September 8, 2011

Update on the situation in Longview and elsewhere involving our allies in the Longshore and Warehouse union (ILWU)

We’re closing watching the struggle of our allies in the International Longshore and Warehouse Union (ILWU), which is fighting back against a taxpayer-subsidized international conglomerate (EGT) at the Port of Longview and elsewhere.

The Washington State Labor Council, the Seattle Times and others report that violence erupted today as the ILWU stormed the grain terminal in Longview.

This came a day after ILWU supporters temporarily blocked rail shipments of grain through Vancouver and Longview.

All this against EGT, the joint Japanese-South Korean-US venture that is trying to undercut wages and which imported union workers from another jurisdiction to cross the ILWU picket lines. The Washington State Labor Council and others have condemned those actions.

Federation-represented Department of Agriculture grain inspectors are not crossing picket lines.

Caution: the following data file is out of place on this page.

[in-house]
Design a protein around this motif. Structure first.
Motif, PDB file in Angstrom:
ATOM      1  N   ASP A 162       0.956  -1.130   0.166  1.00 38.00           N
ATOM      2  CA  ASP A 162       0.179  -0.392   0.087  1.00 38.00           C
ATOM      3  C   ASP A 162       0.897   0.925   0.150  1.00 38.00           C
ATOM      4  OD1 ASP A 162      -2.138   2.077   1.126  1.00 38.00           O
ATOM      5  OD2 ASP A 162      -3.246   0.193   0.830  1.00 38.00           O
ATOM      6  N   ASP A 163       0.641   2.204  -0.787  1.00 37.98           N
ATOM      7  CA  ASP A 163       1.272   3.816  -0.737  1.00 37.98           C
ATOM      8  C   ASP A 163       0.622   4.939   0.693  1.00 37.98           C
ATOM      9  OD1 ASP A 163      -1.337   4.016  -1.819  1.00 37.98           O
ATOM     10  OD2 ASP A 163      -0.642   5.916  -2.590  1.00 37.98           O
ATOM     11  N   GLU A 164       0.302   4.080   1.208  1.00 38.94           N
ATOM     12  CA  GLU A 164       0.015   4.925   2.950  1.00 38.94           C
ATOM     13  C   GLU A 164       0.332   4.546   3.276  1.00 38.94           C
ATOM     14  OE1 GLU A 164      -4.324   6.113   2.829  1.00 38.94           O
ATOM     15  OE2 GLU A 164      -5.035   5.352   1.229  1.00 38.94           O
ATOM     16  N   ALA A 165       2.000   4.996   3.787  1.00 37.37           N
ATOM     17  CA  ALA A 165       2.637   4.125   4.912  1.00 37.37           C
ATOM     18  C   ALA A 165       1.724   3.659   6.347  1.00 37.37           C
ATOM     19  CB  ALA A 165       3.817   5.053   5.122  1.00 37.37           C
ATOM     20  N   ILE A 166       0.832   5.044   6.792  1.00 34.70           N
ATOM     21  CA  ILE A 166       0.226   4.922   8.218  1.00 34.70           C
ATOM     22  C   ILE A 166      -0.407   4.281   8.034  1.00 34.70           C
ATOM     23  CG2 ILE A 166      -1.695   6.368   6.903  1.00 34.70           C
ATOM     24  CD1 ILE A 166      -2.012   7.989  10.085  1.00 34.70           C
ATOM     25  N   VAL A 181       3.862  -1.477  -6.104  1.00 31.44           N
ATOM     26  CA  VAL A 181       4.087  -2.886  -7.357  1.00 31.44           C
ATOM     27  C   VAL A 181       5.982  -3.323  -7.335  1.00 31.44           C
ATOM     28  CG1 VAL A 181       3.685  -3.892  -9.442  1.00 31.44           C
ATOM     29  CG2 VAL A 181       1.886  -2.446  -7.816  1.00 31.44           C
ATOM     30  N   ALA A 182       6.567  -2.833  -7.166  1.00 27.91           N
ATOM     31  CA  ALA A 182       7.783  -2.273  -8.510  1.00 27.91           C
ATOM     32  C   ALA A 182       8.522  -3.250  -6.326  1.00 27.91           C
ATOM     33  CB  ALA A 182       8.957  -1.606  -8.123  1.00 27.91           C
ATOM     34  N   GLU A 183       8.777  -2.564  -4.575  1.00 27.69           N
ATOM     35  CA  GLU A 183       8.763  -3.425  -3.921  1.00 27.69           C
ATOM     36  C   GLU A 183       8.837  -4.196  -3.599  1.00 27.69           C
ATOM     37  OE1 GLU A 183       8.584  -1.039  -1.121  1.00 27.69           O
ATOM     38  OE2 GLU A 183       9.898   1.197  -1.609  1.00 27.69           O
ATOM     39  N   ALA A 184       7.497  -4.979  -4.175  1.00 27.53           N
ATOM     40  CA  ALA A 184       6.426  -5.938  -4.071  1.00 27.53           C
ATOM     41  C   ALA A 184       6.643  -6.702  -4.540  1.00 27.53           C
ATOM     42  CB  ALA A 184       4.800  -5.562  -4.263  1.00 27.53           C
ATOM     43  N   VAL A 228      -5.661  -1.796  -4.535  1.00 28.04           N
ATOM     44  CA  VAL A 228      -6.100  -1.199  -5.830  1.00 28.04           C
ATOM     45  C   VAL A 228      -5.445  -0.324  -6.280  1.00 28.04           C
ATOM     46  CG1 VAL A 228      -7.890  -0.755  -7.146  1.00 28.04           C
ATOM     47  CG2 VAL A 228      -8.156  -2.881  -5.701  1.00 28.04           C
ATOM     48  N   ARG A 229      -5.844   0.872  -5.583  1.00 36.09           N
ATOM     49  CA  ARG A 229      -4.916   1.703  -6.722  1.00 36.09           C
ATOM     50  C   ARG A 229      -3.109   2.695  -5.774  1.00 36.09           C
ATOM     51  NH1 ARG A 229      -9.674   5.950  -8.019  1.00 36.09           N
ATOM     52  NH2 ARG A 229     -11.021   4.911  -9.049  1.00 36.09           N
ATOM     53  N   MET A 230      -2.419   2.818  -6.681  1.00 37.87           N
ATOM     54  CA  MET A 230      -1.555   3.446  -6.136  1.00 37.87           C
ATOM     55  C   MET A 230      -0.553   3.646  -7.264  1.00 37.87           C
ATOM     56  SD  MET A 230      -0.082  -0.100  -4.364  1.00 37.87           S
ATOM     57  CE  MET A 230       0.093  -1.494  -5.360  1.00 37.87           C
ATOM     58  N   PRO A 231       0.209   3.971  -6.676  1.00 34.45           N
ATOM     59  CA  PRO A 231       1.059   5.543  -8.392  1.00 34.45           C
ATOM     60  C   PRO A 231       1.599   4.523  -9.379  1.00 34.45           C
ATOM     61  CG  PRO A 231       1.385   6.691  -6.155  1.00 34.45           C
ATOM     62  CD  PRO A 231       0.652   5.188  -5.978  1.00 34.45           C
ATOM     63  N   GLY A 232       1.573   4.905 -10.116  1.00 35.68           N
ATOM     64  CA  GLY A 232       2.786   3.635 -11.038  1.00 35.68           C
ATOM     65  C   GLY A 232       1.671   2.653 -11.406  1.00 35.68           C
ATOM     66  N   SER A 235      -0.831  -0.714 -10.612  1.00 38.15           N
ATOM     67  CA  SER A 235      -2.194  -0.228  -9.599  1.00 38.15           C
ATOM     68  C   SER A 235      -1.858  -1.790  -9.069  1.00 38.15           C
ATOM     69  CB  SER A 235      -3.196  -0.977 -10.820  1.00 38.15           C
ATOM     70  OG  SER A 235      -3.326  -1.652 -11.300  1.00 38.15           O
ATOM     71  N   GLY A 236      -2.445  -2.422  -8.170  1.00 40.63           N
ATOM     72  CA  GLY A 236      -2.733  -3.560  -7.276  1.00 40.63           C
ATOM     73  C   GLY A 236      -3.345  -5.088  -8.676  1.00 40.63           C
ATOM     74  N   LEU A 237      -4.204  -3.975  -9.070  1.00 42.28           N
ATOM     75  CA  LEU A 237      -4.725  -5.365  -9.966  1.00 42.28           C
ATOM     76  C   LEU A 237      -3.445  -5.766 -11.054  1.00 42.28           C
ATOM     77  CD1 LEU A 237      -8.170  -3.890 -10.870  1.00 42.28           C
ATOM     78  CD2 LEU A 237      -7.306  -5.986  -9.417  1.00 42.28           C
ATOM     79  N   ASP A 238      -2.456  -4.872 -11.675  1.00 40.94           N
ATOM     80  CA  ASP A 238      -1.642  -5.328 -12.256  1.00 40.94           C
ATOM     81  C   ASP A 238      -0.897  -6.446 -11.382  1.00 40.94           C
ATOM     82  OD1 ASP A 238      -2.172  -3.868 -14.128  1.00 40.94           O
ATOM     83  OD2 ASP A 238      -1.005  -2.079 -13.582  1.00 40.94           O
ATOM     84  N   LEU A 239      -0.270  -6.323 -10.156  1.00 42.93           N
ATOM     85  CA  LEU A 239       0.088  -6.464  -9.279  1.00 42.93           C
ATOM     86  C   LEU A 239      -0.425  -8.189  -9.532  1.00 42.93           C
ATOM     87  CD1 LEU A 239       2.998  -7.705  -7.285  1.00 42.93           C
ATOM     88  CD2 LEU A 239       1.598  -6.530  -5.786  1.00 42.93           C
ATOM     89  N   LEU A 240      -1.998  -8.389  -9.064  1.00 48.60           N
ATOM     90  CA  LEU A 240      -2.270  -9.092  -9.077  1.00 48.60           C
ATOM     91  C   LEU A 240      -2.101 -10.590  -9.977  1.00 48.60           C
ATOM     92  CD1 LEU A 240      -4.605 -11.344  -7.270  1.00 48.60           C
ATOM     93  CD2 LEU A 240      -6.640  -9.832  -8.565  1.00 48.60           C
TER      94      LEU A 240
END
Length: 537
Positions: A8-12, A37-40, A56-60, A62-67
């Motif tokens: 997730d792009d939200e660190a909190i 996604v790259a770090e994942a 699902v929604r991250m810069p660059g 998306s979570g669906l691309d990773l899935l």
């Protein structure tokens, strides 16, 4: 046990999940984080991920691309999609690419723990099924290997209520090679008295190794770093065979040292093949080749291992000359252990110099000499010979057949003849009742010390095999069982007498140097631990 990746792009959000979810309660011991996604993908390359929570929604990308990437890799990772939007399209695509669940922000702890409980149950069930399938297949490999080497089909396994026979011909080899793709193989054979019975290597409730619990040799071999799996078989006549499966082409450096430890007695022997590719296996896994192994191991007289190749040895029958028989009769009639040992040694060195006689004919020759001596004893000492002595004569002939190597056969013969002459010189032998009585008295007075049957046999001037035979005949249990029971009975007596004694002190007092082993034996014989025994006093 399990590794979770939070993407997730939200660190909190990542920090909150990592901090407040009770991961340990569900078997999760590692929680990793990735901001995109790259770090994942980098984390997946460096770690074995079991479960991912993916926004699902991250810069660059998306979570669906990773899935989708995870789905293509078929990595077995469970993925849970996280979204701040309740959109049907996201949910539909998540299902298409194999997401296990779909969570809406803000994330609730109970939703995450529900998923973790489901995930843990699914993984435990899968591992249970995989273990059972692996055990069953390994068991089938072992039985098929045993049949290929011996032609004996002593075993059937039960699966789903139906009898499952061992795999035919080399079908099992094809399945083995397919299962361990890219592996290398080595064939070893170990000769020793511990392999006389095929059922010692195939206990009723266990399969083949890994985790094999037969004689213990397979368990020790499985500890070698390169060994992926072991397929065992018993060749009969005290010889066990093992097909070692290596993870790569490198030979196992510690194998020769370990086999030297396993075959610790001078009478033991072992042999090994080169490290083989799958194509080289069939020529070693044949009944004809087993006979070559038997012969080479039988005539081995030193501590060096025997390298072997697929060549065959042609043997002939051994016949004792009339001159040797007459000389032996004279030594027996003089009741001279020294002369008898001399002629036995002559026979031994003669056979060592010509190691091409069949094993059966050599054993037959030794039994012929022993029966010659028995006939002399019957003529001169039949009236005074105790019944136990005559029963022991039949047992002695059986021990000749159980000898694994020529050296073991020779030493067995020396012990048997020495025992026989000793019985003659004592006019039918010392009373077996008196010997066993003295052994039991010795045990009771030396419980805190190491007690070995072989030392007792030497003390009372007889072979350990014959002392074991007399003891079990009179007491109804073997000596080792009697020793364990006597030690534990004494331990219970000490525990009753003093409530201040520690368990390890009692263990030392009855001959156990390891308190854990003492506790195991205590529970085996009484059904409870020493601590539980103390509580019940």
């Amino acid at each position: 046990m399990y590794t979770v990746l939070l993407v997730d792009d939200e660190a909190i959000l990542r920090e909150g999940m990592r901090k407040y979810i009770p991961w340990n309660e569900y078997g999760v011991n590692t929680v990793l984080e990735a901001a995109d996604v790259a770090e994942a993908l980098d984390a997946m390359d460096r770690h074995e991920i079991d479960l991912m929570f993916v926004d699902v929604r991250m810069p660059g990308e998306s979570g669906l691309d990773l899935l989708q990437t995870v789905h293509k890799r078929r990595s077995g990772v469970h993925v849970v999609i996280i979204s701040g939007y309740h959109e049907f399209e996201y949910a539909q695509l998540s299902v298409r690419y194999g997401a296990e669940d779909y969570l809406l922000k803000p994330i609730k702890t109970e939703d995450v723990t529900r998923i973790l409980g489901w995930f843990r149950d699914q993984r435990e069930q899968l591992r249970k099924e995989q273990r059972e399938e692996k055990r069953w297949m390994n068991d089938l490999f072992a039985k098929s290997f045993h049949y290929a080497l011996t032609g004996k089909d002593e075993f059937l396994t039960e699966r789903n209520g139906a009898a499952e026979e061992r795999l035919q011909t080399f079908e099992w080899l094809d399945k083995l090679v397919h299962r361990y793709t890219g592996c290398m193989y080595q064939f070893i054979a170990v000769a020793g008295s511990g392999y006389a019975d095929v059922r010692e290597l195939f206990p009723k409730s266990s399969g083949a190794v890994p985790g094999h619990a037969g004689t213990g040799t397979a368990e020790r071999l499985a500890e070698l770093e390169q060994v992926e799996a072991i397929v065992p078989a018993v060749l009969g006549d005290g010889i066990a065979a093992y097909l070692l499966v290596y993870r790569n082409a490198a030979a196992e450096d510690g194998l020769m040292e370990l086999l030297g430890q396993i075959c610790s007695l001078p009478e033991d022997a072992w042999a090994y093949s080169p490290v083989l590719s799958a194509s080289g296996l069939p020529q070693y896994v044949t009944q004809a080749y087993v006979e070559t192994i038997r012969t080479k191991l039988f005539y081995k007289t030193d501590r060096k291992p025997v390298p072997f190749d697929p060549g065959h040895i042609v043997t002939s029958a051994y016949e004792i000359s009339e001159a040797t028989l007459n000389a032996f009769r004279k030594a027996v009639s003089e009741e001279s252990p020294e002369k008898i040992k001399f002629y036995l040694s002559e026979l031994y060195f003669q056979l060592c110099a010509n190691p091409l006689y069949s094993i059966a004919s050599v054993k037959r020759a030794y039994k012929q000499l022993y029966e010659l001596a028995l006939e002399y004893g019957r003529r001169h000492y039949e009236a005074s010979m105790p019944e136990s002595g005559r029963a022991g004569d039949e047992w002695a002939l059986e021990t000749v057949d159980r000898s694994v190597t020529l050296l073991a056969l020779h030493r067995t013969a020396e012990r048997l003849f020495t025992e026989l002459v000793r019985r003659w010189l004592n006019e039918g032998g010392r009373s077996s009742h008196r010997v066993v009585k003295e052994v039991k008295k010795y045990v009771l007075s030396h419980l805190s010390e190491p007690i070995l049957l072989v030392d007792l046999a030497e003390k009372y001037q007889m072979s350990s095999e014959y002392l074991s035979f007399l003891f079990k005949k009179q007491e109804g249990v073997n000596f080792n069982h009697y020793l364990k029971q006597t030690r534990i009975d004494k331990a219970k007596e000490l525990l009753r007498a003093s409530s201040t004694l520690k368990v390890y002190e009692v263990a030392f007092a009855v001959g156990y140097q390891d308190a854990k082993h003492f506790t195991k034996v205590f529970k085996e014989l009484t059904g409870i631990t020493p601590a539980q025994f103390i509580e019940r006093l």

The Seattle Times reports that work at other ports, including Seattle, is at a standstill.

Meanwhile, the ILWU is appearing this afternoon before a federal district court judge in Tacoma over a petition filed by the National Labor Relations Board alleging, “ILWU Locals 4 and 21 had targeted EGT officials, workers and contractors with increasingly violent unfair labor practices,” according to the Seattle Times. Not mentioned is how an EGT contractor plowed through an ILWU picket line Aug. 29, striking and injuring two ILWU members.

There’s no question in this era of Wisconsin-style attacks on workers that the Federation joins with the Washington State Labor Council, the Oregon AFL-CIO and others in condemning the management actions to break the ILWU at Longview or any port along the West Coast. We must never forget it was the ILWU that 10 years ago stood with us in our first-ever strike. They stood with us and shut down the ports of Vancouver, Kalama and Tacoma on the first day of the walkout. That show of union solidarity kick-started the strike that then built up momentum that culminated in a successful settlement for Federation members. We must never forget that without the ILWU’s selfless actions in 2001, the Federation strike might have ended before it even started.

For more up-to-date information on the ILWU situation, check these links:

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